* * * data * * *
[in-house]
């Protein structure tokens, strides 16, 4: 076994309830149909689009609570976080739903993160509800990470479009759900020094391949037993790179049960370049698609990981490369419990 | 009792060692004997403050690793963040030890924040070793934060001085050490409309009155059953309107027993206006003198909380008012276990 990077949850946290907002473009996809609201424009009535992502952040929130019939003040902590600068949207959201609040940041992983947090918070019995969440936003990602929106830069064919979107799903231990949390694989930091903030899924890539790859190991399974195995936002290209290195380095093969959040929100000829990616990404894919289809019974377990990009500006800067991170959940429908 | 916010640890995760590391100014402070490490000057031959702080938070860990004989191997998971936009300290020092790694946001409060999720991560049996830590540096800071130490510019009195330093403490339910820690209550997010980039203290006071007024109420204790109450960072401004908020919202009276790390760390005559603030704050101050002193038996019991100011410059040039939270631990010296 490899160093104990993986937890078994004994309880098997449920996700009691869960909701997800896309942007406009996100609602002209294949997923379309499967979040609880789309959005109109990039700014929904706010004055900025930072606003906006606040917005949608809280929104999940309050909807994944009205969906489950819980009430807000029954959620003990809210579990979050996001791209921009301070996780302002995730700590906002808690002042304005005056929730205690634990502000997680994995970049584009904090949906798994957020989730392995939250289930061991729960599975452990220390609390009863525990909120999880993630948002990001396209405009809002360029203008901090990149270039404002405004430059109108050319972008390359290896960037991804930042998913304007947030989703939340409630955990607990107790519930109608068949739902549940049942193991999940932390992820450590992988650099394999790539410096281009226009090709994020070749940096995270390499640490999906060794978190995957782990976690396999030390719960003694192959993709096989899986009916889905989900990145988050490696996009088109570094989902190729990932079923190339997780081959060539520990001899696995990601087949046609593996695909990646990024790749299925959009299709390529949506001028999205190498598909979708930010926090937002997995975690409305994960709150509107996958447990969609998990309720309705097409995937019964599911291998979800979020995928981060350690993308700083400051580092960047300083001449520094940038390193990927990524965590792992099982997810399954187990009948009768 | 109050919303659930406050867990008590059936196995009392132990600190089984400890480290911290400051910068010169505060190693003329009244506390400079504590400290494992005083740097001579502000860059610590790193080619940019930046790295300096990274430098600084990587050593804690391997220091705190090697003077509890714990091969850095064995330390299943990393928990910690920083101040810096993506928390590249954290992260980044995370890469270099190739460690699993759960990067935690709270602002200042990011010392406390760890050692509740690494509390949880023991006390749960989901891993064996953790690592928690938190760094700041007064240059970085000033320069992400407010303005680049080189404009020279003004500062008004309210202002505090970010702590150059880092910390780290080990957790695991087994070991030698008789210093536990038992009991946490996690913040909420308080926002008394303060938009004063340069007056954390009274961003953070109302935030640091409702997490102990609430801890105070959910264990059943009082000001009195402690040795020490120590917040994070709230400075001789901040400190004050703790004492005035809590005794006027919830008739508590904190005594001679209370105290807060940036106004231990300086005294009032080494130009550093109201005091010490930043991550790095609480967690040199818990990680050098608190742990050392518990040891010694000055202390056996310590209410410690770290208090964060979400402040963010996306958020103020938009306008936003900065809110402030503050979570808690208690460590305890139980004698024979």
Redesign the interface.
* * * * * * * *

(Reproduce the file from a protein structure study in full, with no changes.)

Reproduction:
[in-house]
């Protein structure tokens, strides 16, 4: 076994309830149909689009609570976080739903993160509800990470479009759900020094391949037993790179049960370049698609990981490369419990 | 009792060692004997403050690793963040030890924040070793934060001085050490409309009155059953309107027993206006003198909380008012276990 990077949850946290907002473009996809609201424009009535992502952040929130019939003040902590600068949207959201609040940041992983947090918070019995969440936003990602929106830069064919979107799903231990949390694989930091903030899924890539790859190991399974195995936002290209290195380095093969959040929100000829990616990404894919289809019974377990990009500006800067991170959940429908 | 916010640890995760590391100014402070490490000057031959702080938070860990004989191997998971936009300290020092790694946001409060999720991560049996830590540096800071130490510019009195330093403490339910820690209550997010980039203290006071007024109420204790109450960072401004908020919202009276790390760390005559603030704050101050002193038996019991100011410059040039939270631990010296 490899160093104990993986937890078994004994309880098997449920996700009691869960909701997800896309942007406009996100609602002209294949997923379309499967979040609880789309959005109109990039700014929904706010004055900025930072606003906006606040917005949608809280929104999940309050909807994944009205969906489950819980009430807000029954959620003990809210579990979050996001791209921009301070996780302002995730700590906002808690002042304005005056929730205690634990502000997680994995970049584009904090949906798994957020989730392995939250289930061991729960599975452990220390609390009863525990909120999880993630948002990001396209405009809002360029203008901090990149270039404002405004430059109108050319972008390359290896960037991804930042998913304007947030989703939340409630955990607990107790519930109608068949739902549940049942193991999940932390992820450590992988650099394999790539410096281009226009090709994020070749940096995270390499640490999906060794978190995957782990976690396999030390719960003694192959993709096989899986009916889905989900990145988050490696996009088109570094989902190729990932079923190339997780081959060539520990001899696995990601087949046609593996695909990646990024790749299925959009299709390529949506001028999205190498598909979708930010926090937002997995975690409305994960709150509107996958447990969609998990309720309705097409995937019964599911291998979800979020995928981060350690993308700083400051580092960047300083001449520094940038390193990927990524965590792992099982997810399954187990009948009768 | 109050919303659930406050867990008590059936196995009392132990600190089984400890480290911290400051910068010169505060190693003329009244506390400079504590400290494992005083740097001579502000860059610590790193080619940019930046790295300096990274430098600084990587050593804690391997220091705190090697003077509890714990091969850095064995330390299943990393928990910690920083101040810096993506928390590249954290992260980044995370890469270099190739460690699993759960990067935690709270602002200042990011010392406390760890050692509740690494509390949880023991006390749960989901891993064996953790690592928690938190760094700041007064240059970085000033320069992400407010303005680049080189404009020279003004500062008004309210202002505090970010702590150059880092910390780290080990957790695991087994070991030698008789210093536990038992009991946490996690913040909420308080926002008394303060938009004063340069007056954390009274961003953070109302935030640091409702997490102990609430801890105070959910264990059943009082000001009195402690040795020490120590917040994070709230400075001789901040400190004050703790004492005035809590005794006027919830008739508590904190005594001679209370105290807060940036106004231990300086005294009032080494130009550093109201005091010490930043991550790095609480967690040199818990990680050098608190742990050392518990040891010694000055202390056996310590209410410690770290208090964060979400402040963010996306958020103020938009306008936003900065809110402030503050979570808690208690460590305890139980004698024979």
Redesign the interface.